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Local cultural councils and COVID-19

  • Jack Golden performs to an automobile encased audience beneath an evening sky atop Greenfield's parking garage, an Eggtooth Production Thursday evening. Staff Photo/PAUL FRANZ

  • Jack Golden performs his one man act beneath an evening sky atop Greenfield's parking garage Thursday evening. Staff Photo/PAUL FRANZ

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    Performer Jack Golden just prior to his first performance "Under the Stars" atop Greenfield's parking garage Thursday evening. Staff Photo/PAUL FRANZ

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    Performer Jack Golden wears a partial mask in the opening scene of "Under the Stars" atop Greenfield's parking garage, an Eggtooth production Thursday evening. Staff Photo/PAUL FRANZ

  • Memorial Hall on Bridge Street in Shelburne Falls. The arts space has been closed since the pandemic began. Staff Photo/Paul Franz

Published: 9/17/2020 9:06:52 AM

As the arts industry faces a string of constraints during the lasting COVID-19 pandemic, local cultural councils have continued working to help their arts communities remain active, all while preparing for this year’s grant application cycle.

The Athol Cultural Council was in the middle of a grant cycle in mid-March, when the state went into partial lockdown to subdue the spread of the COVID-19 virus. Chair Robin Brzozowski explained council members reached out to grantees and gave them options. Some artists elected to perform virtually, while others postponed shows and exhibits until the pandemic is over. Some canceled their applications and said they would reapply in the future. In Athol this year, just more than 25 percent of grant recipients had their program or event occur prior to the limiting of public gatherings.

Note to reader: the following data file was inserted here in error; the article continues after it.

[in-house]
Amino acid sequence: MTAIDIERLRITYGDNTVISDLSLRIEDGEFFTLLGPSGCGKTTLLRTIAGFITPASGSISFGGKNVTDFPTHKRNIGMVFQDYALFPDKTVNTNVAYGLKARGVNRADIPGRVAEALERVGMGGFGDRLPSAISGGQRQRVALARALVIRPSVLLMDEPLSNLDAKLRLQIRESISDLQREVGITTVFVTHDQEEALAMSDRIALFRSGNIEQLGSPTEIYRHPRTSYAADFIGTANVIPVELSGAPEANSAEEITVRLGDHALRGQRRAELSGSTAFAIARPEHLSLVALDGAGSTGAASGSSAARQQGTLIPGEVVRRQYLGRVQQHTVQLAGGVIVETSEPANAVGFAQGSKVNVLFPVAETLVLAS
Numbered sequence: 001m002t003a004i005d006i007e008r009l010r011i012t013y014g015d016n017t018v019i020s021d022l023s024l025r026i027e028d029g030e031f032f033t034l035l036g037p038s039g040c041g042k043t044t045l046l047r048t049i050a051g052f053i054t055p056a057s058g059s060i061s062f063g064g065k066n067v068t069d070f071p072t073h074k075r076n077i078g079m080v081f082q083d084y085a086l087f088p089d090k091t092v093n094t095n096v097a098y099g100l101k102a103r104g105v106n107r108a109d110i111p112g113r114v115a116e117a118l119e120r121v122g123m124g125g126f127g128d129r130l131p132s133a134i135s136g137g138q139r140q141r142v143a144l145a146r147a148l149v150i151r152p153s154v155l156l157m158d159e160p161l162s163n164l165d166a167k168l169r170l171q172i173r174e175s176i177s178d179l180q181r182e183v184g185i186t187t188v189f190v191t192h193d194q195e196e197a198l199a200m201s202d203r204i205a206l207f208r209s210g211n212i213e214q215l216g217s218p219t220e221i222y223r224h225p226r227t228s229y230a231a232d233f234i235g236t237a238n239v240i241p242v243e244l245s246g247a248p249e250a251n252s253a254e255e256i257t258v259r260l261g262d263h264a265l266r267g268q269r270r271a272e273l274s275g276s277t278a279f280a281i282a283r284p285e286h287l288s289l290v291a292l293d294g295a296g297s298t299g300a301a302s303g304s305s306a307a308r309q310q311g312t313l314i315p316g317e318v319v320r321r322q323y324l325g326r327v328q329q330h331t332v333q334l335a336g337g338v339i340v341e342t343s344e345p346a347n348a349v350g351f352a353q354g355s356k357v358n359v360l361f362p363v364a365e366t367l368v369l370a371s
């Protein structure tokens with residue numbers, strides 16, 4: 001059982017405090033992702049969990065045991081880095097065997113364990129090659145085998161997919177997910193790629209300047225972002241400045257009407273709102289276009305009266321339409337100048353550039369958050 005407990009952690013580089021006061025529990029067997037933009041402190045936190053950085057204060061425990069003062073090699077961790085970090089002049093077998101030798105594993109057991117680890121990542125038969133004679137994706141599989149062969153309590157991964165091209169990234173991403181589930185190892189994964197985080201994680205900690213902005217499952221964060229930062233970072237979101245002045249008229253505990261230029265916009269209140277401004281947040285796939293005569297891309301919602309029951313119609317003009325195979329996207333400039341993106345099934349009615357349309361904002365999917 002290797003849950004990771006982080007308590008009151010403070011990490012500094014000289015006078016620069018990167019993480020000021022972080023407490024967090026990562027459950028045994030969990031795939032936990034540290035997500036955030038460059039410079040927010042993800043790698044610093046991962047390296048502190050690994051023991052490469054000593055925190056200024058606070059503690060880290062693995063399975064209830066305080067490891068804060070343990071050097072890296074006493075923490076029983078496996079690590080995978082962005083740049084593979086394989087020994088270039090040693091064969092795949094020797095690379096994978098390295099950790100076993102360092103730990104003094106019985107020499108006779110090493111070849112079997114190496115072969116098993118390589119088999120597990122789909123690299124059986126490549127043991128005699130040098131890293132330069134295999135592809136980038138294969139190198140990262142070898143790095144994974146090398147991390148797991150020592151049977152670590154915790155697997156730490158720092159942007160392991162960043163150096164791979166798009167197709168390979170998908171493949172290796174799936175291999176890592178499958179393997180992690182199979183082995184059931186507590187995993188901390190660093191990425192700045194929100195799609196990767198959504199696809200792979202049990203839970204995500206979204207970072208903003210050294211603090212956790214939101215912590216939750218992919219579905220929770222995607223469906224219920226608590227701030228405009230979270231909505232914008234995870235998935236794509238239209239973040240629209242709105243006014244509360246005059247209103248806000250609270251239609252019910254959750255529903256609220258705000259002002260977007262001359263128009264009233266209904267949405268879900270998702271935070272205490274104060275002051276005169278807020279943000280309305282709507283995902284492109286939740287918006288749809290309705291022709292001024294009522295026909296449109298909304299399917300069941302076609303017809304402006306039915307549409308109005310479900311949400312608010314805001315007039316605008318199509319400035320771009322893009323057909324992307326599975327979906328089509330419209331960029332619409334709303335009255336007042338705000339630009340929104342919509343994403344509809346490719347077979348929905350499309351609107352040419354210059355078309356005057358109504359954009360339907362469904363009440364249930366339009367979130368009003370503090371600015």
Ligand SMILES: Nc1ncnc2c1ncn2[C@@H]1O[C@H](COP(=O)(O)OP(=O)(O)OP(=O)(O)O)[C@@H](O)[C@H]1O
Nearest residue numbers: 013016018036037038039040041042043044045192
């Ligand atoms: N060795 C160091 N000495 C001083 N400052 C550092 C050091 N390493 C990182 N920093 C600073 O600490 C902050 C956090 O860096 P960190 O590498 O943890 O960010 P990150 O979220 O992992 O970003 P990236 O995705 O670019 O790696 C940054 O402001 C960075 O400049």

“Our council members have really worked hard to connect with the people who had grants that were active during the period of time that (the lockdown) happened,” Brzozowski said. “Our goal is to continue to fund arts programs the best way that we can and make them available to the community.”

Members of Shelburne’s council met via Zoom in late August to discuss, among other items, strategies for helping artists and organizations in the time of COVID. Shelburne Local Cultural Council Chair Connie Clarke said part of the cultural council’s mission is to make sure that audiences remain connected to, and can find enrichment through the arts.

“For sure, this year we all are fine-tuning priorities to meet the challenges of the COVID-19 pandemic,” she said. “How do we encourage people not to be discouraged, for one thing? These are tough times for arts and culture, but we are determined to be innovative and supportive because we make a difference.”

Clarke said venues will need to be virtual or outdoors, noting that Memorial Hall Theater, the largest hall in West County, has been shuttered since March. Before the COVID-19 pandemic began, Clark said the Memorial Hall Association was meeting with groups to discuss use of the venue for future programs and events. Now, members are not even allowed upstairs and Pothole Pictures programming, operas and more have been put on hold.

“We’ve lost our traditional venues. We always assumed Memorial Hall would be open and available,” Clarke said.

In this new era of uncertainty, arts organizations have been forced to adapt or temporarily close.

“Some grantees have figured out a way to present COVID-safe offerings in an adjusted way, for what they received their grants for,” said Greenfield Cultural Council Chair Linda McInerney. “Others have postponed and said they’ll do what they were granted for as soon as they’re able to. And some are just unable to do their programs.”

While there are still a lot of unanswered questions around when they will return to full audiences and indoor venues, McInerney said it’s been “exciting” to see the ways area artists and performers are keeping the arts alive. Her own production company, Egg Tooth Productions, has continued to work to present pandemic-safe performances and events. Earlier this summer, Egg Tooth Productions put on a one-man show atop the parking garage in Greenfield.

In this, Clarke said she’s been “blown away” by some of the ways artists have connected with their audience. Unfortunately, she said they just don’t know what will happen to certain programs or events that don’t easily adapt to outdoor or virtual venues. She also noted outdoor programs will all come to a halt when the weather turns.